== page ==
Time for a Motorist Strategy
- Calgary has a bike strategy, a cycle strategy and a pedestrian strategy - it’s time for a motorist strategy!
- The City’s own survey shows traffic is the public’s number one concern
CALGARY, AB: Common Sense Calgary called on City Hall today to develop a motorist strategy. The organization noted growing citizen frustration with congestion in the City and the lack of a plan at City Hall.
The 2015 Citizen Satisfaction Survey clearly indicated that the number one concern among Calgarians is traffic. The concern was even higher than transit and crime. The results are consistent with a survey by Common Sense Calgary in 2013 that concluded a similar finding. Unfortunately, little has been done in the past few years to rectify the situation.
“City Hall has developed a pedestrian strategy, a cycling strategy and a transit strategy, but they still haven’t come up with a motorists’ strategy,” said Common Sense Calgary Executive Director Stephanie Kusie. “Congestion is the number one issue among Calgarians, it’s time for the City to do what citizens want and come up with a strategy to improve the flow of vehicles.”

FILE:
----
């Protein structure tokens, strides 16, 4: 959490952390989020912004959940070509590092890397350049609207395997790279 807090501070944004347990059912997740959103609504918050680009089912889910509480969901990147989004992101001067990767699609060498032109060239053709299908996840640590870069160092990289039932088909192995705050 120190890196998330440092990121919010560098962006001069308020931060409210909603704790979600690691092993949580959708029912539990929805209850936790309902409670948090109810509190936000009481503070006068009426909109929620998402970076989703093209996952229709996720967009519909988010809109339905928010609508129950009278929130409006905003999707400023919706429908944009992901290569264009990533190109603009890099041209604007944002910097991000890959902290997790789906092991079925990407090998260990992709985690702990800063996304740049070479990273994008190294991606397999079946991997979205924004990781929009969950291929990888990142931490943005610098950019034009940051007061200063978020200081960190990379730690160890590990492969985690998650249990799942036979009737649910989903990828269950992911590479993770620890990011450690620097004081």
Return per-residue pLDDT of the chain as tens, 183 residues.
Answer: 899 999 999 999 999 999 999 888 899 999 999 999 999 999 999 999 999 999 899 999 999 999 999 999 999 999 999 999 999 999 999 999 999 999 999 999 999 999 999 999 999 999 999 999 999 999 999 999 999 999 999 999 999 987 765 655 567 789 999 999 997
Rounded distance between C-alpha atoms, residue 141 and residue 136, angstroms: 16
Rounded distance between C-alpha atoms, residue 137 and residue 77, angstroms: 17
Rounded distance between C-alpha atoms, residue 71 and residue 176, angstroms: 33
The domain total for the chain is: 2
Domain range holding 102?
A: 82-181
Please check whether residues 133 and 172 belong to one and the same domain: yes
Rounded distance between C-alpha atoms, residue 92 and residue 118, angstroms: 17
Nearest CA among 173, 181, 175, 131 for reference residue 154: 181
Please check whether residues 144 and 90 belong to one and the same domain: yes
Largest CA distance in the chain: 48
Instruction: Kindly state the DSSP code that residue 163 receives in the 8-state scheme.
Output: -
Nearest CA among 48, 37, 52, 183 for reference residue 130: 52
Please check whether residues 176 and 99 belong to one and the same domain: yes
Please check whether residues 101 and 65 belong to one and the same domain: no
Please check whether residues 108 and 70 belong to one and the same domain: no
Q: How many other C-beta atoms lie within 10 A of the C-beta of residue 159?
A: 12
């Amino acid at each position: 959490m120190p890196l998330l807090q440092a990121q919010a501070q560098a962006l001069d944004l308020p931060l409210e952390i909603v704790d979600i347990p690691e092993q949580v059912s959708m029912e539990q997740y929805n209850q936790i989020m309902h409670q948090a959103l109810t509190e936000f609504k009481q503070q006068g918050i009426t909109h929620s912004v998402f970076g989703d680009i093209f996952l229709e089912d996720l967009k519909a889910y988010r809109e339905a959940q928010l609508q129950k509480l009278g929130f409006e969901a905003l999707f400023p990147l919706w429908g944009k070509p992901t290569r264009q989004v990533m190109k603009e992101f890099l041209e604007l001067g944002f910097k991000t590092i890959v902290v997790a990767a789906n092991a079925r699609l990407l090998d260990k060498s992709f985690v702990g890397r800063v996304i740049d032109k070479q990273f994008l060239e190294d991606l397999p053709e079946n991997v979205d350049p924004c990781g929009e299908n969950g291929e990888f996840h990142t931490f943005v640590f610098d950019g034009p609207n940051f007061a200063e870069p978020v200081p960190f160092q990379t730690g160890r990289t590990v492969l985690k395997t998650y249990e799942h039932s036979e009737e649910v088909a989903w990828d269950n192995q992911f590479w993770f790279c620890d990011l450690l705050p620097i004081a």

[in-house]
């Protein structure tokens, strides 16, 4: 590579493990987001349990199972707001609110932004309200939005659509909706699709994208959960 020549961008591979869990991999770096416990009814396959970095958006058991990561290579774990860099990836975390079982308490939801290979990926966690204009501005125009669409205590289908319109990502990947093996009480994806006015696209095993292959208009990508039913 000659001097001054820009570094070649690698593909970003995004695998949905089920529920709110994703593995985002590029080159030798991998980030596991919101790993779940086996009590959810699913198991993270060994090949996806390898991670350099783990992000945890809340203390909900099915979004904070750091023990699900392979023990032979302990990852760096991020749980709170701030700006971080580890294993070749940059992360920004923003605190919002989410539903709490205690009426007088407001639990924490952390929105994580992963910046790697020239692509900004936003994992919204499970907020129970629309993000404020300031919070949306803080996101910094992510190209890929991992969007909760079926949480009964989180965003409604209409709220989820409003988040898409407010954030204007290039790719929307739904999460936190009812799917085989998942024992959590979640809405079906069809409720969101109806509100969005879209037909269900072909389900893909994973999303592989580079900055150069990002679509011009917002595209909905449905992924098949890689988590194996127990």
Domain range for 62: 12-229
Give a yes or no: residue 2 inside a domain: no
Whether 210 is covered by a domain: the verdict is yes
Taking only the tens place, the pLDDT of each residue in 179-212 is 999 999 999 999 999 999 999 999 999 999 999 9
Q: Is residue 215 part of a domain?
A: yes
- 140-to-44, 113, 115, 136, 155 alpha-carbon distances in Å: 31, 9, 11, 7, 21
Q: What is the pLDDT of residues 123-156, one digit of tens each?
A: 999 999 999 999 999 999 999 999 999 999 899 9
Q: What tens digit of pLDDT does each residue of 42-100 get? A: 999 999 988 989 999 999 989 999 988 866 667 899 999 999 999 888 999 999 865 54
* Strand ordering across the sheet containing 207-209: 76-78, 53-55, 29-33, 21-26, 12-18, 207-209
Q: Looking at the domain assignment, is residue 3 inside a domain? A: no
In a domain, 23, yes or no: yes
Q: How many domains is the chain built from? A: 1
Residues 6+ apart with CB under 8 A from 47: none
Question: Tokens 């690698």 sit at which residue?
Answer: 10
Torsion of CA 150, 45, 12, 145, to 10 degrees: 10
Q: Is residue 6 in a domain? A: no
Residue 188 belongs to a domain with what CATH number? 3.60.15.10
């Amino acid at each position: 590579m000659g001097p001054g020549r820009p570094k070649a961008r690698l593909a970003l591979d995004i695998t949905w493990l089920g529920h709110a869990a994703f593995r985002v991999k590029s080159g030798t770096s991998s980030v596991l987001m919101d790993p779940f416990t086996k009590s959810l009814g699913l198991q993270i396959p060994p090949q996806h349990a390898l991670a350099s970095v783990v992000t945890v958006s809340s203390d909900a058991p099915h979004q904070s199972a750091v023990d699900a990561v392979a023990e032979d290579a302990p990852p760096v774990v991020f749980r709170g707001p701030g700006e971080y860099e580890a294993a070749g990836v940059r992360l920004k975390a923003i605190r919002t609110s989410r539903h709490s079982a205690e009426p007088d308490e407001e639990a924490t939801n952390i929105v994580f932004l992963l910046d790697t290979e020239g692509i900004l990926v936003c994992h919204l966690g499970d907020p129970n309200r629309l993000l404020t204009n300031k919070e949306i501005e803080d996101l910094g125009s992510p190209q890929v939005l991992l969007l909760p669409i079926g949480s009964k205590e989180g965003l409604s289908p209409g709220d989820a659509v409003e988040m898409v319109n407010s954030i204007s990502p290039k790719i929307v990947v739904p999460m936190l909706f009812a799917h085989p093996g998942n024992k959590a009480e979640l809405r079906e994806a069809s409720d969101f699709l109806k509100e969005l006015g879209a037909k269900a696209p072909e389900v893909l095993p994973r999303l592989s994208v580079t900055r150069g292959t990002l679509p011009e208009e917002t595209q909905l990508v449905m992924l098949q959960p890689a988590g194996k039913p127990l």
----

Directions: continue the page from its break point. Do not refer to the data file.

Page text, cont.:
“Why does the City continually feel that they have to socially engineer the way Calgarians live? Most Calgarians want the same thing – a good job, a home for their family, a reasonable commute time…why won’t City hall address the problem,” added Kusie. “Instead, City Hall has removed traffic lanes and has eliminated some parking spots. City Hall isn’t listening to Calgarians, they’re trying to tell Calgarians what to do.”
In the 2013 Monitoring Report, it was reported that the 10th Core Indicator of Transportation Mode Split that strives to make transit, walking and cycling the preferred mobility choices for mobility was underperforming and that the city was not meeting its targets in this area.
For further information please contact:
Executive Director, Common Sense Calgary
Cell: 587-432-7100 Email: email@example.com
About Common Sense Calgary: We strive to be Calgary’s thought leader in objective balance to Calgary City Council; particularly in the areas of housing and development, transportation, crime and most importantly, responsible spending at City Hall. For more information, please visit: http://www.commonsensecalgary.com